Airport police across London will now make use of drones for surveillance following a successful trial at the Gatwick airport and a review by counter-terrorism officers.
The review carried out by the National Counter Terrorism Policing Headquarters found the technology to be potentially 'transformative'.
The trial at the Gatwick airport was carried out in March 2014 where an unmanned drone that transmitted live, high quality images to officers on the ground was deployed near the airport.
The trialled Aeryon Skyranger system funded by the Association of Chief Police Officers (ACPO) was controlled with the help of a portable console by an official.
Heathrow, Stansted, Luton, City airports and a few more airports in other parts of the UK are expected to start using the technology.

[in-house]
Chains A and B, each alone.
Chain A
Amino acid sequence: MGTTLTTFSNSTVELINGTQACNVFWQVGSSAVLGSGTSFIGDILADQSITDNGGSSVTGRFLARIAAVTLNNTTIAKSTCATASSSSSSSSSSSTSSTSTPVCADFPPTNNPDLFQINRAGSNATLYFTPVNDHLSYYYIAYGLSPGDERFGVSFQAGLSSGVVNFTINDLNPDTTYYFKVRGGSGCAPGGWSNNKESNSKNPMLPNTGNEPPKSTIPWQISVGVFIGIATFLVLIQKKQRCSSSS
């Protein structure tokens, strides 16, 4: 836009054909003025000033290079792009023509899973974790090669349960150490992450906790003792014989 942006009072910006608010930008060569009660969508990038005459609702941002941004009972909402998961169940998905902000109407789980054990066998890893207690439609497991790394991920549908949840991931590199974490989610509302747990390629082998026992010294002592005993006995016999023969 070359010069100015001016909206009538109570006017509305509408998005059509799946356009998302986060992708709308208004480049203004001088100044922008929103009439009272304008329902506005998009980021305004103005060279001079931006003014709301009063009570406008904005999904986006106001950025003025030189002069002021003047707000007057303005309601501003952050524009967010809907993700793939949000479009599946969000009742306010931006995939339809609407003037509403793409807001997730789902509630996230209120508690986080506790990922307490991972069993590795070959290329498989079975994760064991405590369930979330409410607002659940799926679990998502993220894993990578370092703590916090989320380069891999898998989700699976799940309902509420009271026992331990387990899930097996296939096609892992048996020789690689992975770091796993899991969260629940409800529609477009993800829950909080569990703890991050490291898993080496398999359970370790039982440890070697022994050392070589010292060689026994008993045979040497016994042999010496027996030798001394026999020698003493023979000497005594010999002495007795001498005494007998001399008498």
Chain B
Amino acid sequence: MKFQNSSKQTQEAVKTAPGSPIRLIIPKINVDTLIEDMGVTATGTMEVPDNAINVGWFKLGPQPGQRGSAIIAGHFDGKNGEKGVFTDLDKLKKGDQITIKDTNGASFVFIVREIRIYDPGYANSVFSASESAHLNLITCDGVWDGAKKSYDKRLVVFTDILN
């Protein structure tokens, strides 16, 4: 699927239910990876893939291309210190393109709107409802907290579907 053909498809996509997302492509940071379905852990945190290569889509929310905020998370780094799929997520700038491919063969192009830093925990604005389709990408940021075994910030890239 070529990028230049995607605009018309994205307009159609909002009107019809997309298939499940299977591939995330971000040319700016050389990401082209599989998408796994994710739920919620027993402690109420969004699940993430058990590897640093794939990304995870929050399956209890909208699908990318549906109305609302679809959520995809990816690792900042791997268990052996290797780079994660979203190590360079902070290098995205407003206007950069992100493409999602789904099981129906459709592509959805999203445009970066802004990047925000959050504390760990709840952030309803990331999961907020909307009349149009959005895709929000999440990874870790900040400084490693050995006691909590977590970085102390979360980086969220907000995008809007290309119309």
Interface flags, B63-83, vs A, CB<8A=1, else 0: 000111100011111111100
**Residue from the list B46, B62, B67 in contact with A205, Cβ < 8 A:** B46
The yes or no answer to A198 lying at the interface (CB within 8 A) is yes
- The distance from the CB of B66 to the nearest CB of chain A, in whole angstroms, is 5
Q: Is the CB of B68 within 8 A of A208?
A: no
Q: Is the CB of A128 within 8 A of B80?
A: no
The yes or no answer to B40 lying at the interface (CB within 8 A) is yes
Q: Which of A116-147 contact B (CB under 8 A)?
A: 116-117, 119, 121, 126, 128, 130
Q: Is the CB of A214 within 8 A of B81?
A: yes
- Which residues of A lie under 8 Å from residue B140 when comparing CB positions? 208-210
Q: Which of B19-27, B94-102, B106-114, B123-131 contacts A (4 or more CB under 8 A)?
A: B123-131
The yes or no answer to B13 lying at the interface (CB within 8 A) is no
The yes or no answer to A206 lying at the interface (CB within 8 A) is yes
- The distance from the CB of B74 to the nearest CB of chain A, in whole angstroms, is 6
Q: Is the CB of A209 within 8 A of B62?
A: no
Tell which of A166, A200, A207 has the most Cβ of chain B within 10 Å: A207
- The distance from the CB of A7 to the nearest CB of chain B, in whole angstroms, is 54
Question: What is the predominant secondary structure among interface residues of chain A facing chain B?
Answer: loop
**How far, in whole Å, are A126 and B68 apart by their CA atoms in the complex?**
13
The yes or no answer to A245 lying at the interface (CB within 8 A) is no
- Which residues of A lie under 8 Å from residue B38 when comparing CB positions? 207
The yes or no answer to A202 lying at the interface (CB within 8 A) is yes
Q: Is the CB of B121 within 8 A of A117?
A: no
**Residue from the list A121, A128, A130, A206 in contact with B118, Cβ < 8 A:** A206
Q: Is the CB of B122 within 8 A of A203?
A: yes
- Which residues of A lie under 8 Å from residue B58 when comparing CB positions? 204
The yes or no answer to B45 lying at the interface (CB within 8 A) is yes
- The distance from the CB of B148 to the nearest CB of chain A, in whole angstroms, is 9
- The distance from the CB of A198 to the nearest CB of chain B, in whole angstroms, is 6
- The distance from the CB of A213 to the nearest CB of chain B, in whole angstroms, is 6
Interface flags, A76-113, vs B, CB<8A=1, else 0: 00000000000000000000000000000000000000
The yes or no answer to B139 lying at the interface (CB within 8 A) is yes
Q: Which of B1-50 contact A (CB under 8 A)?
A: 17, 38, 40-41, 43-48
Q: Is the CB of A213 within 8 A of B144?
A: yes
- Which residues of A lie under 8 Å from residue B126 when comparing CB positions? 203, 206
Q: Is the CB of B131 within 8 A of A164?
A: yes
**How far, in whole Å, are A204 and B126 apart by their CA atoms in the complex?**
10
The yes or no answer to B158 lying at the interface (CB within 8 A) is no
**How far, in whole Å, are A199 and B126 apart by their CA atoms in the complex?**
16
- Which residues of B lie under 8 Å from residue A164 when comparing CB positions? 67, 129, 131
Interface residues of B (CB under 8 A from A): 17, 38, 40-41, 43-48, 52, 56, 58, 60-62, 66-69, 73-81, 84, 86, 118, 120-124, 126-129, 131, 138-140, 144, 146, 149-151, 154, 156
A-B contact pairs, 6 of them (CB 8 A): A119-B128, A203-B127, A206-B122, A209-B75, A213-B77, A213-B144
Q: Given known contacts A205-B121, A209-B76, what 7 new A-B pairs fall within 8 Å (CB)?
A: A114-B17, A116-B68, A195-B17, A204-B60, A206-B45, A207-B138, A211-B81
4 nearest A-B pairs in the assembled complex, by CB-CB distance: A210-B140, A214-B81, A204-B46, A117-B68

The government will roll out the drones in the next 18 months, reported BBC.
George Trebess from the National Counter Terrorism Policing Headquarters was quoted by BBC as saying: "With the new system we will be able to carry out missions around seven times faster than ground-based activity and at around 10% of the cost. We estimate £1.2m would be saved in three years."
With an estimated 50,000 drones in the UK right now, sceptics have already sounded warnings about the damage drones could inflict if they fall into the wrong hands.
There is also a concern among counter-terrorism officers about the kind of publicity extremists could get if they flew a flag or banner over some prominent location in the city.